Gov. Jay Nixon today visited Stewartsville High School in DeKalb County and La Plata High School in Macon County to recognize the district for its continued academic excellence and announce significant progress toward his goal of giving every student in Missouri the opportunity to earn an A+ Scholarship. A+ Scholarships cover tuition and fees for two years at any public two-year community college or technical school in the state.
In January, Gov. Nixon set a goal of giving every student in the state the opportunity to earn an A+ Scholarship. Today, the Governor announced that 118 Missouri high schools, including Stewartsville High School, recently received their A+ designation. With today's announcement, all 520 Missouri high schools that sought the A+ designation - including 266 since Gov. Nixon took office in 2009 - have now earned it, and 99 percent of Missouri's public high school students can now earn scholarships for two years of tuition and fees at one of Missouri's community colleges.
"The dream of an affordable college education should be within reach for all Missouri families," Gov. Nixon said. "That is why we have worked to hold down the cost of tuition, and expand the successful A+ schools program so that more students can earn these two-year scholarships and either continue their education at a four-year college or enter the workforce debt free. Today's announcement represents major progress toward achieving my goal of making this opportunity available to every eligible student in the state."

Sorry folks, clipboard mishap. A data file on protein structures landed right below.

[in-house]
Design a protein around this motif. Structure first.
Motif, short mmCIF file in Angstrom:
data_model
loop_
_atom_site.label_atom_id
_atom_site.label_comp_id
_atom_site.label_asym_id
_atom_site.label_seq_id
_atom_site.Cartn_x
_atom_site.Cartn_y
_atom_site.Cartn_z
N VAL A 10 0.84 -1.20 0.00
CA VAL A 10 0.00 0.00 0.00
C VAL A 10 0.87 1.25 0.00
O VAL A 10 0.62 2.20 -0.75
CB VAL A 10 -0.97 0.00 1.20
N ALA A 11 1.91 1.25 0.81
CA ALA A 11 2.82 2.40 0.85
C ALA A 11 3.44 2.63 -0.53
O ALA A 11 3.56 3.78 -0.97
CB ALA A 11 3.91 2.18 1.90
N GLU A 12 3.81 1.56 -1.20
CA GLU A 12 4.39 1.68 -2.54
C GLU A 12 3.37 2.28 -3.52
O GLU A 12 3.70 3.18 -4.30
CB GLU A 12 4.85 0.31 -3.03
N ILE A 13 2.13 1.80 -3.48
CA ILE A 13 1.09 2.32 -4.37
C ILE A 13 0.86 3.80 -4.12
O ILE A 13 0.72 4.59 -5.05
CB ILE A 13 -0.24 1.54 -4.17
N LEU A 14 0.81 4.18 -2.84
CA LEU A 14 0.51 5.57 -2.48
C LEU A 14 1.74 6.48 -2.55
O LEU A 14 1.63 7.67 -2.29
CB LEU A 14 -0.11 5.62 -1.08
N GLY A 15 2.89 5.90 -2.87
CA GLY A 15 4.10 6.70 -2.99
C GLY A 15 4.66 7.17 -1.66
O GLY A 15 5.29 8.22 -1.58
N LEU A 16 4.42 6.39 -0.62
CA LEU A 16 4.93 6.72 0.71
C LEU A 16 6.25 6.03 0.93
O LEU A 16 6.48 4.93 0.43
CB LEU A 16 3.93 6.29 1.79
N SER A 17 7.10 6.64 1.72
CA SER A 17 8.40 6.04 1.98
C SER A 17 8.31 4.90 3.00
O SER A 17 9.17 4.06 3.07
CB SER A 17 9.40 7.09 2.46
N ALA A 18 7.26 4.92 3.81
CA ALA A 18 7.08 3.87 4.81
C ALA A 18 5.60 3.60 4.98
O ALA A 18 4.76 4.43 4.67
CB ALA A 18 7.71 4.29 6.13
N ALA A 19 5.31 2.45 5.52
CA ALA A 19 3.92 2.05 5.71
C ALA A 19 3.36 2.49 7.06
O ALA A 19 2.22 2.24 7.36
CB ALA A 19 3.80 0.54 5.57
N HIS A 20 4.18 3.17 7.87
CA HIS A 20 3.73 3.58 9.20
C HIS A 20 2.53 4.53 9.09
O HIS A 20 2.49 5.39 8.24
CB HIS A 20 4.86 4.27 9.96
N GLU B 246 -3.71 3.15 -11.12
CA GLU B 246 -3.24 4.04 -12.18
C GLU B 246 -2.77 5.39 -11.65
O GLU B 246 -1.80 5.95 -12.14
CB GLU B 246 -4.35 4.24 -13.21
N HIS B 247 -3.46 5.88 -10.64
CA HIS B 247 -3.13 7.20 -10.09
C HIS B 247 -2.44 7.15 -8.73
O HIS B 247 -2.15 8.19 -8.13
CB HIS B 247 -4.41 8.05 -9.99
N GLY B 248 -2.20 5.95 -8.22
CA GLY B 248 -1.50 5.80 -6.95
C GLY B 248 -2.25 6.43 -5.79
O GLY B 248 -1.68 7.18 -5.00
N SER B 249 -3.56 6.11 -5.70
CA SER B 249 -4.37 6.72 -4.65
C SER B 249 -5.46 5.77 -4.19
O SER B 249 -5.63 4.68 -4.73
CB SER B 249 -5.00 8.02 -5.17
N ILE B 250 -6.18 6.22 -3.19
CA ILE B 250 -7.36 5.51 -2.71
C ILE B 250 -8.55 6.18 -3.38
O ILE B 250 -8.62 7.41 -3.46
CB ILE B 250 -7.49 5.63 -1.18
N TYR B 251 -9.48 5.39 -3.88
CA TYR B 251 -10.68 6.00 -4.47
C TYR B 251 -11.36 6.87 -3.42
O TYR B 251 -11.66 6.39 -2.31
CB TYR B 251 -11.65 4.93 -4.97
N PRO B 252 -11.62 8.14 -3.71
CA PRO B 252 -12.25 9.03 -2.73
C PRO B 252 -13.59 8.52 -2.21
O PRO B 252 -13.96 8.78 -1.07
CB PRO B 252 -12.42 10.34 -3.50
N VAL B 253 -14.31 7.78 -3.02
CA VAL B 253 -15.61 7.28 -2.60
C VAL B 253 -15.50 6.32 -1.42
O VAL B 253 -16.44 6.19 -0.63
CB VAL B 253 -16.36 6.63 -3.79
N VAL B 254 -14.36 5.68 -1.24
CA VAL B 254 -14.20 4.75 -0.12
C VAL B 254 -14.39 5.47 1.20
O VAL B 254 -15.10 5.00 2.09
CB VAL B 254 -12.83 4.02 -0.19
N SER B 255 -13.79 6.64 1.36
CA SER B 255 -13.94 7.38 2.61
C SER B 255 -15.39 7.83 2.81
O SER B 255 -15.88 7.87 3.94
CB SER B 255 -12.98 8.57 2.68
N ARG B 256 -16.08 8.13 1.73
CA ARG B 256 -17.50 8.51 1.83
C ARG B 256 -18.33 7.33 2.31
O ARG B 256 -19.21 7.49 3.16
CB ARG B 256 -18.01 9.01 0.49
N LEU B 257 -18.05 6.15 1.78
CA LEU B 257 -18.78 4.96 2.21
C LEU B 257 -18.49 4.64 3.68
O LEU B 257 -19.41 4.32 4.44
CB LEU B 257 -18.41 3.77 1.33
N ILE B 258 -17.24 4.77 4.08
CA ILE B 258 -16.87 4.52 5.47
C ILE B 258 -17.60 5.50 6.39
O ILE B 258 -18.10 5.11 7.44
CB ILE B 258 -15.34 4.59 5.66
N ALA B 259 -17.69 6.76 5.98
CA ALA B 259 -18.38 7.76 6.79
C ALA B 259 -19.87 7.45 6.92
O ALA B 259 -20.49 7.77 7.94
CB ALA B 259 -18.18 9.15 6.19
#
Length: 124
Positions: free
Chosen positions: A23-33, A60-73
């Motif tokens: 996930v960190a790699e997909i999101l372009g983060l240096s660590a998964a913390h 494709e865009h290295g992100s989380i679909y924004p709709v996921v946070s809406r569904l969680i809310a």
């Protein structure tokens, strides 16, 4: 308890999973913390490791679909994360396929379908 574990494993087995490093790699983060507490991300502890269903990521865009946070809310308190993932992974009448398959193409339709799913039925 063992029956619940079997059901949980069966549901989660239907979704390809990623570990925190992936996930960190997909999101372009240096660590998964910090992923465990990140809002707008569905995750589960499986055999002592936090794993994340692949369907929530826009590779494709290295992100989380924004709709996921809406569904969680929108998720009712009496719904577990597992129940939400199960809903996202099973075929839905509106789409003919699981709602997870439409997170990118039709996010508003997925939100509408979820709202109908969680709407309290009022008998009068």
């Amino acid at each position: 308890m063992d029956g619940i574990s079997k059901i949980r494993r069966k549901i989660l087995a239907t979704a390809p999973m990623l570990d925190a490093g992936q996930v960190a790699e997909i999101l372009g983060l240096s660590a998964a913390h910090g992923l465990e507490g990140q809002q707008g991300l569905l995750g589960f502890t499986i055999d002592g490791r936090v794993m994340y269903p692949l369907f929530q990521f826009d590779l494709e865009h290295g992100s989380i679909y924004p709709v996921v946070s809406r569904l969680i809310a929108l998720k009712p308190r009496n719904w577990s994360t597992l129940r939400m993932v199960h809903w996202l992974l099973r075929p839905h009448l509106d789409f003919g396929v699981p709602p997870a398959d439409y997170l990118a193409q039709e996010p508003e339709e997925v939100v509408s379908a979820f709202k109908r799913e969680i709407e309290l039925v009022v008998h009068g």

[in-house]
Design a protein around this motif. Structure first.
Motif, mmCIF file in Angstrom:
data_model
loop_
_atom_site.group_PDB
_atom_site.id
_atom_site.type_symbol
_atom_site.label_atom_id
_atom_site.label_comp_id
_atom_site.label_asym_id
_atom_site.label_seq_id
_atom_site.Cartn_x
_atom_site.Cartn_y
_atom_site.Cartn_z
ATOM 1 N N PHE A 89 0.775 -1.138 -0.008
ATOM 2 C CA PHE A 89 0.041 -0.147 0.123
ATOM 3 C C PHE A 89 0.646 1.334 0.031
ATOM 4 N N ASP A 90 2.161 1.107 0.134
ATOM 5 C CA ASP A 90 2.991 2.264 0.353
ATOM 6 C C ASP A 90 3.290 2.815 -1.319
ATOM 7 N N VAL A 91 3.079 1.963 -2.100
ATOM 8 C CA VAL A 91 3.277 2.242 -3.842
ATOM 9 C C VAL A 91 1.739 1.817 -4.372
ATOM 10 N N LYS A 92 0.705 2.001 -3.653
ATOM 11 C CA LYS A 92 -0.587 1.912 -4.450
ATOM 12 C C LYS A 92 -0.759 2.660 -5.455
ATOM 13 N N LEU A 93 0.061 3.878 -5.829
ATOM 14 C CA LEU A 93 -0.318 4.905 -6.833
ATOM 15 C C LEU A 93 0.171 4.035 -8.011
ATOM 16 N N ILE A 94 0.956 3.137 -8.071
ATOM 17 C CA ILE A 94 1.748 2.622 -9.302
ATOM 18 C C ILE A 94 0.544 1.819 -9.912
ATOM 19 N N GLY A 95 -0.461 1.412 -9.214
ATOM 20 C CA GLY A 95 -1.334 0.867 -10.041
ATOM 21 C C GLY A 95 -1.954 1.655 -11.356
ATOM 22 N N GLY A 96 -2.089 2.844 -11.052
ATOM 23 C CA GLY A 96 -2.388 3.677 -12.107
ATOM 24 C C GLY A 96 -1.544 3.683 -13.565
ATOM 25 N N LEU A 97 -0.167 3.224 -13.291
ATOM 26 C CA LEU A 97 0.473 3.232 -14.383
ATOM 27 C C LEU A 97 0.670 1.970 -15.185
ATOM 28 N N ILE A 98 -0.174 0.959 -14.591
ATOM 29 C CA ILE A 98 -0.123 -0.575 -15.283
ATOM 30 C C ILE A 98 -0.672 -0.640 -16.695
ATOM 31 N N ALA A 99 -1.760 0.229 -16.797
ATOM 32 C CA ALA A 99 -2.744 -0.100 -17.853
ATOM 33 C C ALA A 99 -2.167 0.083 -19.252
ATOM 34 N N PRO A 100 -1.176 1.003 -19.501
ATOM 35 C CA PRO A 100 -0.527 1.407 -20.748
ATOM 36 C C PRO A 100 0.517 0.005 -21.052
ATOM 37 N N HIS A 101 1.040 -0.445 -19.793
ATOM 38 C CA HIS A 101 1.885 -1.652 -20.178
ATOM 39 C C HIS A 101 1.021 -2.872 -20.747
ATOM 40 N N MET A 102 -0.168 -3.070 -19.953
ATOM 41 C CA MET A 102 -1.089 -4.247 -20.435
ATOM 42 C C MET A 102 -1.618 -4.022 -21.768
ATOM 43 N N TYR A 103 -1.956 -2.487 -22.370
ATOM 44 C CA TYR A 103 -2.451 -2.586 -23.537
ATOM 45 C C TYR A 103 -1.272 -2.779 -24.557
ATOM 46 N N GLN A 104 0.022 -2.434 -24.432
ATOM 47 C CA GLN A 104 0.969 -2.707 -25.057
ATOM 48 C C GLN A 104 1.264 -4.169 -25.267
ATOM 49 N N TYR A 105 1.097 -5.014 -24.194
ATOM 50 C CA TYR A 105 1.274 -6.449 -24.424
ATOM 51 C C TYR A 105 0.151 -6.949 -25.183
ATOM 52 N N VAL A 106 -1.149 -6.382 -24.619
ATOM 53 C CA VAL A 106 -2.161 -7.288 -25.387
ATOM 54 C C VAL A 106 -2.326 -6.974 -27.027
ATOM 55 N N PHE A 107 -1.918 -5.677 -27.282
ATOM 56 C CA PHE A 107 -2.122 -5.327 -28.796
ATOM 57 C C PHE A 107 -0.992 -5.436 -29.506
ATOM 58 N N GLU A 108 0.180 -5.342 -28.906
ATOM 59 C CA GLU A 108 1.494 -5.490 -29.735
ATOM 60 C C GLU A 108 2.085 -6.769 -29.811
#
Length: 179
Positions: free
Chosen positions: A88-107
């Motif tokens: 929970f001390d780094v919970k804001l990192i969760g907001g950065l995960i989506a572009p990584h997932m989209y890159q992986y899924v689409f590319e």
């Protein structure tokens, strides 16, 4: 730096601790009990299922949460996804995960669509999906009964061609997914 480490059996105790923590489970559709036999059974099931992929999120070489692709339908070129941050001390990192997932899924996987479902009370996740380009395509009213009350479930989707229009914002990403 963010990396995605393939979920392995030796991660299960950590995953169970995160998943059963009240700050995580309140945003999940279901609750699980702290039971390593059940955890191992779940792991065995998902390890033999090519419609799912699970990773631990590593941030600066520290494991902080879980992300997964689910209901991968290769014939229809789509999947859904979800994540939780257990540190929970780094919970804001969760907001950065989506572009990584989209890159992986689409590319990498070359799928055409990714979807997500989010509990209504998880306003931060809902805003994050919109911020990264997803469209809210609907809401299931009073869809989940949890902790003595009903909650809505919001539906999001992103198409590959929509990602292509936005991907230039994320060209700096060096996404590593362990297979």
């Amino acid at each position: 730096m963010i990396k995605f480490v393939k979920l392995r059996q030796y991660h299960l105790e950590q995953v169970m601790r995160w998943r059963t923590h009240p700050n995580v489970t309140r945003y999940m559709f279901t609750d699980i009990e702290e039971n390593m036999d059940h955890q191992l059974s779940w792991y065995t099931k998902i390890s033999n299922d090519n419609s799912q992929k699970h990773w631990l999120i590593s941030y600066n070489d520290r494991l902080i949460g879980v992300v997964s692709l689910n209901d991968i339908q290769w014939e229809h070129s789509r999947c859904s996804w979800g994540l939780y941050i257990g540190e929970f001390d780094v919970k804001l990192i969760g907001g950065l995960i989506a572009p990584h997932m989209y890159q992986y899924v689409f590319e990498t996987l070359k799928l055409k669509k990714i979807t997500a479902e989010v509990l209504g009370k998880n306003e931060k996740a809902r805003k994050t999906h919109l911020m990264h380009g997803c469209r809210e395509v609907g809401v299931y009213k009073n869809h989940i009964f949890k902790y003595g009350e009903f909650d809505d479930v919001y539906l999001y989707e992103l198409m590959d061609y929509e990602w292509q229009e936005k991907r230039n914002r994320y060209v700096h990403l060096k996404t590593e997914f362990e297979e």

Under the A+ program, Missouri students can earn a scholarship to cover the cost of tuition and academic fees for two years at any public two-year community college or technical school in the state. To be eligible for the program, students must meet academic achievement standards, conduct and attendance requirements, and perform 50 hours of tutoring or mentoring service.
In addition to making funding available to expand and expedite the A+ designation to every public high school in the state, Gov. Nixon's recommended budget for Fiscal Year 2014 includes more than $100 million in additional funding for K-12 classrooms. In the appropriation bills passed by the House, the Governor's historic investment in K-12 education has remained intact and will be considered by the Senate